Onward, Christian Soldiers is Richard Berg's newest strategic level game, this one focused on one of, if not THE, centrifugal events in the Middle Ages - The Crusades. Onward, Christian Soldiers will allow gamers to replay not only the first three Crusades - the only 3 that focused on what we call The Middle East - but with scenarios that range from a 7-player version of the 1st Crusade to a 3rd Crusade scenario that supposes Frederick Barbarossa didn't drown in Turkey and his immense army reached the Kingdom of Jerusalem pretty much intact.
Onward, Christian Soldiers uses numerous innovative mechanics, including:
an Activation system that allows players to choose which leaders/armies they want to use most in a given turn, but not know when they will be available for such use.
a Movement system with no Movement Allowances or Costs, but a heavy emphasis on Attrition and the ability of commanders to "keep going". Shop 'til ya Drop . . .
Combat mechanics that put a major, detailed emphasis on sieges and ravaging the surrounding areas, but still allow for the predilections of the various armies in field battles (such as the famous Frankish Heavy Cavalry Charge), as well as the abilities of their commanders . . . men like the great initial Crusaders, such as Raymond, Bohemond, Godfrey and Tancred, King Louis VII of France (and his troublesome wife, the famous Eleanor of Aquitaine), Frederick Barbarossa (if he stays away from the pool), the dangerous Nur ad-Din, the magnificent Saladin, and the one Christian the Muslims feared more than anyone, Richard Lionheart.
Movement and attrition go hand in hand in this game. Leaders may move as far as they want -- in fact, in one playest, a Crusader army decided to try marching from the entry spaces near Tarsus all the way to Jerusalem in one shot. They made it, with roughly 3/4 of the force disappearing to attrition, and not enough remaining to siege the city. But even if they'd succeeded, the game doesn't end just because Jerusalem falls. It's an important victory point location, but it has to be held. And the problem for the Crusader forces is that they get no reinforcements but the Muslim forces do.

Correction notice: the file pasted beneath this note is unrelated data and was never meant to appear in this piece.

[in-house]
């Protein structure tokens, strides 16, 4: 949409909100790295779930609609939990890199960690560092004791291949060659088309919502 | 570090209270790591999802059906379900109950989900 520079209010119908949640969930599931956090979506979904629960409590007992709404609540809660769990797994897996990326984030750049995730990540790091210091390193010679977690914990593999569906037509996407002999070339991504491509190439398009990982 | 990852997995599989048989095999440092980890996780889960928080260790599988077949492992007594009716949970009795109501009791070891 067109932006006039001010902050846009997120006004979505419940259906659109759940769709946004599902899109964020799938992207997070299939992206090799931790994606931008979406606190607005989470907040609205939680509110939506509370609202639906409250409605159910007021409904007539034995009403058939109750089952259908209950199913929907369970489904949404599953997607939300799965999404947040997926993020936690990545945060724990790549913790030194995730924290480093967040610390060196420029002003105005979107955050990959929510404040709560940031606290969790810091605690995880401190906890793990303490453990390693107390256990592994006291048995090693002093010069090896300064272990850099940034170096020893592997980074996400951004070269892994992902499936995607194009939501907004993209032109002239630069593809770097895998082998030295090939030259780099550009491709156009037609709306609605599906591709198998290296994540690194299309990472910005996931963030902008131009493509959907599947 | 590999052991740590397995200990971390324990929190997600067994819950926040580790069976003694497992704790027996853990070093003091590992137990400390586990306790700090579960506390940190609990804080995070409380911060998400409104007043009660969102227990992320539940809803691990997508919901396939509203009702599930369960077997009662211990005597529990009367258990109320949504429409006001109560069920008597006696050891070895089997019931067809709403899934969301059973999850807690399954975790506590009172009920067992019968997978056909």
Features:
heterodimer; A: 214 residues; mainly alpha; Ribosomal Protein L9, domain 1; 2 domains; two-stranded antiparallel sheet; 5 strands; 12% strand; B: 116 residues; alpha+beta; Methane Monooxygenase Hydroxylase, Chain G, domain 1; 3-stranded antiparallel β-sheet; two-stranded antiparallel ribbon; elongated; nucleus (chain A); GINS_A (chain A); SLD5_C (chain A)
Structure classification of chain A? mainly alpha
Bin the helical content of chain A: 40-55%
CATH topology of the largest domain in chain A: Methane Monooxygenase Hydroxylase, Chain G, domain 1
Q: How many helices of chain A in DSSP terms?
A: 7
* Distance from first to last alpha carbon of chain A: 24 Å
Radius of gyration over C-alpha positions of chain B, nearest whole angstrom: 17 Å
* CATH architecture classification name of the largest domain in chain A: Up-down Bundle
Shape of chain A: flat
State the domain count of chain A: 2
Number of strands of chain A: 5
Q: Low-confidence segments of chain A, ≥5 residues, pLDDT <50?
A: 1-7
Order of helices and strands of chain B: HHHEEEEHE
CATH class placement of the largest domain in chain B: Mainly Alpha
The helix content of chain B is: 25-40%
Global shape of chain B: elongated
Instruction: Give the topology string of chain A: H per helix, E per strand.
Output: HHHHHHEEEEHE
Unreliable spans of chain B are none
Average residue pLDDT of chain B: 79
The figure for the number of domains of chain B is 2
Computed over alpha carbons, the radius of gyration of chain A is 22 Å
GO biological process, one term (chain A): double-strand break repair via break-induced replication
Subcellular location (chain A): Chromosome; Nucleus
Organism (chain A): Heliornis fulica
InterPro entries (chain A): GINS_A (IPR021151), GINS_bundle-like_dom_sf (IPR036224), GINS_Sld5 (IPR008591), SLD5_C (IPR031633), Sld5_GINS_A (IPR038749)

The game uses three sets of cards (110 cards total). Each of the four Crusader factions -- Northern Franks, Southern Franks, Sicilian Normans, Germans -- and three Muslim factions -- Nothern Syrians, Southern Syrians, Mosul Turks -- has three or four Leader cards, which the players secretly "purchase" at the beginning of the Game-Turn to create the Activation Deck that determines which leader goes next. In addition, there are two Event Decks - one for the Crusaders and one for the Muslims -- through which a variety of random events occur, ranging from taking cities via treachery to suffering added attrition through oppressive heat.
Normally, each Leader controls armies only from its own faction. However, a simple set of multi-faction rules controls situations in which either side wishes to combine their armies into larger forces, mostly for the sake of sieges against major cities. The Siege of Antioch, which usually happens early in the game, often requires such an army. The multi-faction rules particularly come into their own during multi-player games; here you can expect to see players bickering over who controls the combined forces, an important point considering that whoever is in charge when the city falls gains control over the city. If attacked while combined, the players of a multi-faction force have 30 seconds to decide who's in charge: if they don't, they defend using a mediocre formation.
If this game proves popular with our customers, Richard will continue design work on a new series of games under the flag, "The Middle Ages". This project will present play-oriented coverage of half a millennium of the key events in world history … from Charlemagne to The 100 Years Wars; from The Reconquista to Tamerlane; from The Vikings to The Normans.
Designed under the aegis of a papal legate by Richard Berg and Developed under the keen eye of Neil Randall.